Road Safety: HI Commits to Protect Children

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Every day more than 500 children die in road crashes.[1] Annually, road traffic accidents kill almost 1.3 million people and more than 20 million people are seriously injured worldwide. They are the leading cause of death among 15- to 25-year-olds, and more than 90% of deaths occur in in low- and middle-income countries. As more people are able to buy cars and motorcycles in the developing world, the rate of road accidents is increasing and the resulting deaths, physical disabilities, and psychological distress are creating a tremendous negative economic impact on victims, their families, and society in general.

"If effective steps are not taken immediately, by 2040, road traffic accidents will cause 2.4 million deaths a year,” says Eric Remacle, Handicap International Road Safety Technical Advisor. “Improving road safety is a priority for Handicap International."

Handicap International is currently one of only a few international NGOs fighting to put road safety on the development agenda and advocating for safety measures to protect vulnerable road users. On May 7 and 8, the organization will take part in the Child Road Safety Americas Congress,[2] held as part of the third United Nations Global Road Safety Week.[3] The agenda will examine the critical situation regarding children on the roads and seek ways to improve child road safety, and to ensure the campaign for improved road safety is included in the post-2015 Millennium Development Goals.[4]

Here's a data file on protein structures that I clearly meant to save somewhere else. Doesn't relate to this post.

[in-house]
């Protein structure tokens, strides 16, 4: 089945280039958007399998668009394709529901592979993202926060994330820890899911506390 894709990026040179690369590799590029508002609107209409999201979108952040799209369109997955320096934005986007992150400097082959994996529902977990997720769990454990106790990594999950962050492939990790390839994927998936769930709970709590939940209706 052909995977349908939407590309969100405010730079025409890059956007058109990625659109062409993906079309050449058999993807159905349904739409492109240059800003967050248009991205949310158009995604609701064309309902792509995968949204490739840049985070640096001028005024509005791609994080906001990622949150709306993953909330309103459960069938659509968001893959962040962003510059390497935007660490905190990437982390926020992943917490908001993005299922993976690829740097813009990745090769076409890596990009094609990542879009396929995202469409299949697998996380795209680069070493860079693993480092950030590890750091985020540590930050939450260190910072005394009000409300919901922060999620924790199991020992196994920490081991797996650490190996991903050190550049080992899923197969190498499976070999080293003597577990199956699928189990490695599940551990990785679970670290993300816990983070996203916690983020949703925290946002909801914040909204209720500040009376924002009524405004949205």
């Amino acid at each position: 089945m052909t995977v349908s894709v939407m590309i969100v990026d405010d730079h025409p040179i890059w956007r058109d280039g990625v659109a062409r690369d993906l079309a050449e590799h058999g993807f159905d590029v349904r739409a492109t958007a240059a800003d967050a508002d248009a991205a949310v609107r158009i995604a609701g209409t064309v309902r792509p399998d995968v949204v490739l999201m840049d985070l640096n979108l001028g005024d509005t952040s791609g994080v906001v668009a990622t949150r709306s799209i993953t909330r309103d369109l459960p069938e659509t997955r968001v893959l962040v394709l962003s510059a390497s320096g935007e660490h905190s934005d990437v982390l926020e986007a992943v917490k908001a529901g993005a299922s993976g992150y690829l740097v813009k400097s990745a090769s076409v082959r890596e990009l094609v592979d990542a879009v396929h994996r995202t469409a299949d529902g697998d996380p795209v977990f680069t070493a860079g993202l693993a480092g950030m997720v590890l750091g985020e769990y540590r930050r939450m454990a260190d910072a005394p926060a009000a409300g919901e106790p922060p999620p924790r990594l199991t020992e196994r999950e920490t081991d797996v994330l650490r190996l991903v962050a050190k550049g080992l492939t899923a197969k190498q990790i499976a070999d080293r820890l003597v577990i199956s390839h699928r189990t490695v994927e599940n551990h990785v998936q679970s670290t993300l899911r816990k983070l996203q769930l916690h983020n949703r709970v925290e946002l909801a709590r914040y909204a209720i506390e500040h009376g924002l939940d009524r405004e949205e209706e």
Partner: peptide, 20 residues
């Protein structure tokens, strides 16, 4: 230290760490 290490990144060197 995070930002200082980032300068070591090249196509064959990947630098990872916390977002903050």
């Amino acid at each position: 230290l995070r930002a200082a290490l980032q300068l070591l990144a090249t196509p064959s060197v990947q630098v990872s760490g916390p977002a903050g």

Since 2000, Handicap International has been actively campaigning for improved road safety. The organization is currently running projects in Benin, DRC, Cambodia, Kenya, Laos, Vietnam, Tajikistan, and Haiti in order to raise communities' awareness of the risks relating to road accidents, to improve infrastructure, and to support victims of road traffic accidents.

"It is vital that people are made aware of the risks and know the importance of wearing helmets and seatbelts, not drinking and driving, and driving at the speed limit,” says Remacle. “We also work in schools to ensure children are aware of the risks at a very early age and know how to behave around roads.”

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[1] World Health Organization, 2015.

[3] Global Road Safety Week will take place from 4 - 10 May 2015.

[4] The 8 Millennium Development Goals were set by the United Nations in 2000 (2000-2015). Several UN processes are currently underway to draw up new sustainable development objectives by September 2015.


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